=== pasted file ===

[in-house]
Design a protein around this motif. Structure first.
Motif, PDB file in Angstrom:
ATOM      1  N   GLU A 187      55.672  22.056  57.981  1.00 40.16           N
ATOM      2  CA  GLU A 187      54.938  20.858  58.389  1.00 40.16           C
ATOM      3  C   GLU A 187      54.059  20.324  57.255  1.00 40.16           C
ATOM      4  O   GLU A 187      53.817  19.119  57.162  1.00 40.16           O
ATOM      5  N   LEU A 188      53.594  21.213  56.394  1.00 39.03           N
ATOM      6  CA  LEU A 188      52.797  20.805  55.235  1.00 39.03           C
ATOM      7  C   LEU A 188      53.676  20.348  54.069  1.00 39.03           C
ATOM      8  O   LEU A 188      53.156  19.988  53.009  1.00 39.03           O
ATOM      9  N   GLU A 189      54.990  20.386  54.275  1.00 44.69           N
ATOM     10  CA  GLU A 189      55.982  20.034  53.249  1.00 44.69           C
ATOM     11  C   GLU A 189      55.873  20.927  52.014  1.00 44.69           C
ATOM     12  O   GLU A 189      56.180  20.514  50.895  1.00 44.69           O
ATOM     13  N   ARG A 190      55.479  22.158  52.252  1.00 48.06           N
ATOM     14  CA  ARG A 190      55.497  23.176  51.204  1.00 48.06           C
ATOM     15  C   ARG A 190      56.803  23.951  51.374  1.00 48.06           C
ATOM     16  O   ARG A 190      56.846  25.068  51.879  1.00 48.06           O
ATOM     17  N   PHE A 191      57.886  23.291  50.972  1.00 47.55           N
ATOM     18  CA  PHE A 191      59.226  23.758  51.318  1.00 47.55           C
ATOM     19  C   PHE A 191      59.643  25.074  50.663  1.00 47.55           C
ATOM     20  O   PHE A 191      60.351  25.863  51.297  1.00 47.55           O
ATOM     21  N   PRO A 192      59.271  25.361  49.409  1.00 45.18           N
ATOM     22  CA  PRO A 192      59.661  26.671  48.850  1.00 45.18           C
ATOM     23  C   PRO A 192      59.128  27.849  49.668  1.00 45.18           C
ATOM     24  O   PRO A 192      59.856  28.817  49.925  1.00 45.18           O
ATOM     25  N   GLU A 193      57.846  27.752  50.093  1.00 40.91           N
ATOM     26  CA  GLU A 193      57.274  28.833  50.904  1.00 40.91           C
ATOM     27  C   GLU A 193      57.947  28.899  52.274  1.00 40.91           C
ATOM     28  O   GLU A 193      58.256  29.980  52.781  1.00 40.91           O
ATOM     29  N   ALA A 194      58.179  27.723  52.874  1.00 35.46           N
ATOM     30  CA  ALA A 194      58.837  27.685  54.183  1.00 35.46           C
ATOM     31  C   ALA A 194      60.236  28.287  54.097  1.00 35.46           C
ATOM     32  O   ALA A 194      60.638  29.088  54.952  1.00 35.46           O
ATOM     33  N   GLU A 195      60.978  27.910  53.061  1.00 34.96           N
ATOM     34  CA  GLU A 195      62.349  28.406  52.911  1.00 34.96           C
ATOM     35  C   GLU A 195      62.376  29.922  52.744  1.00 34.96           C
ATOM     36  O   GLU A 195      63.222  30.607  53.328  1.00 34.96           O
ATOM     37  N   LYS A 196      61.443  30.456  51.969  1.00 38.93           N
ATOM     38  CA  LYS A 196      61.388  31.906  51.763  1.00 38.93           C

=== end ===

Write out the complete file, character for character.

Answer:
[in-house]
Design a protein around this motif. Structure first.
Motif, PDB file in Angstrom:
ATOM      1  N   GLU A 187      55.672  22.056  57.981  1.00 40.16           N
ATOM      2  CA  GLU A 187      54.938  20.858  58.389  1.00 40.16           C
ATOM      3  C   GLU A 187      54.059  20.324  57.255  1.00 40.16           C
ATOM      4  O   GLU A 187      53.817  19.119  57.162  1.00 40.16           O
ATOM      5  N   LEU A 188      53.594  21.213  56.394  1.00 39.03           N
ATOM      6  CA  LEU A 188      52.797  20.805  55.235  1.00 39.03           C
ATOM      7  C   LEU A 188      53.676  20.348  54.069  1.00 39.03           C
ATOM      8  O   LEU A 188      53.156  19.988  53.009  1.00 39.03           O
ATOM      9  N   GLU A 189      54.990  20.386  54.275  1.00 44.69           N
ATOM     10  CA  GLU A 189      55.982  20.034  53.249  1.00 44.69           C
ATOM     11  C   GLU A 189      55.873  20.927  52.014  1.00 44.69           C
ATOM     12  O   GLU A 189      56.180  20.514  50.895  1.00 44.69           O
ATOM     13  N   ARG A 190      55.479  22.158  52.252  1.00 48.06           N
ATOM     14  CA  ARG A 190      55.497  23.176  51.204  1.00 48.06           C
ATOM     15  C   ARG A 190      56.803  23.951  51.374  1.00 48.06           C
ATOM     16  O   ARG A 190      56.846  25.068  51.879  1.00 48.06           O
ATOM     17  N   PHE A 191      57.886  23.291  50.972  1.00 47.55           N
ATOM     18  CA  PHE A 191      59.226  23.758  51.318  1.00 47.55           C
ATOM     19  C   PHE A 191      59.643  25.074  50.663  1.00 47.55           C
ATOM     20  O   PHE A 191      60.351  25.863  51.297  1.00 47.55           O
ATOM     21  N   PRO A 192      59.271  25.361  49.409  1.00 45.18           N
ATOM     22  CA  PRO A 192      59.661  26.671  48.850  1.00 45.18           C
ATOM     23  C   PRO A 192      59.128  27.849  49.668  1.00 45.18           C
ATOM     24  O   PRO A 192      59.856  28.817  49.925  1.00 45.18           O
ATOM     25  N   GLU A 193      57.846  27.752  50.093  1.00 40.91           N
ATOM     26  CA  GLU A 193      57.274  28.833  50.904  1.00 40.91           C
ATOM     27  C   GLU A 193      57.947  28.899  52.274  1.00 40.91           C
ATOM     28  O   GLU A 193      58.256  29.980  52.781  1.00 40.91           O
ATOM     29  N   ALA A 194      58.179  27.723  52.874  1.00 35.46           N
ATOM     30  CA  ALA A 194      58.837  27.685  54.183  1.00 35.46           C
ATOM     31  C   ALA A 194      60.236  28.287  54.097  1.00 35.46           C
ATOM     32  O   ALA A 194      60.638  29.088  54.952  1.00 35.46           O
ATOM     33  N   GLU A 195      60.978  27.910  53.061  1.00 34.96           N
ATOM     34  CA  GLU A 195      62.349  28.406  52.911  1.00 34.96           C
ATOM     35  C   GLU A 195      62.376  29.922  52.744  1.00 34.96           C
ATOM     36  O   GLU A 195      63.222  30.607  53.328  1.00 34.96           O
ATOM     37  N   LYS A 196      61.443  30.456  51.969  1.00 38.93           N
ATOM     38  CA  LYS A 196      61.388  31.906  51.763  1.00 38.93           C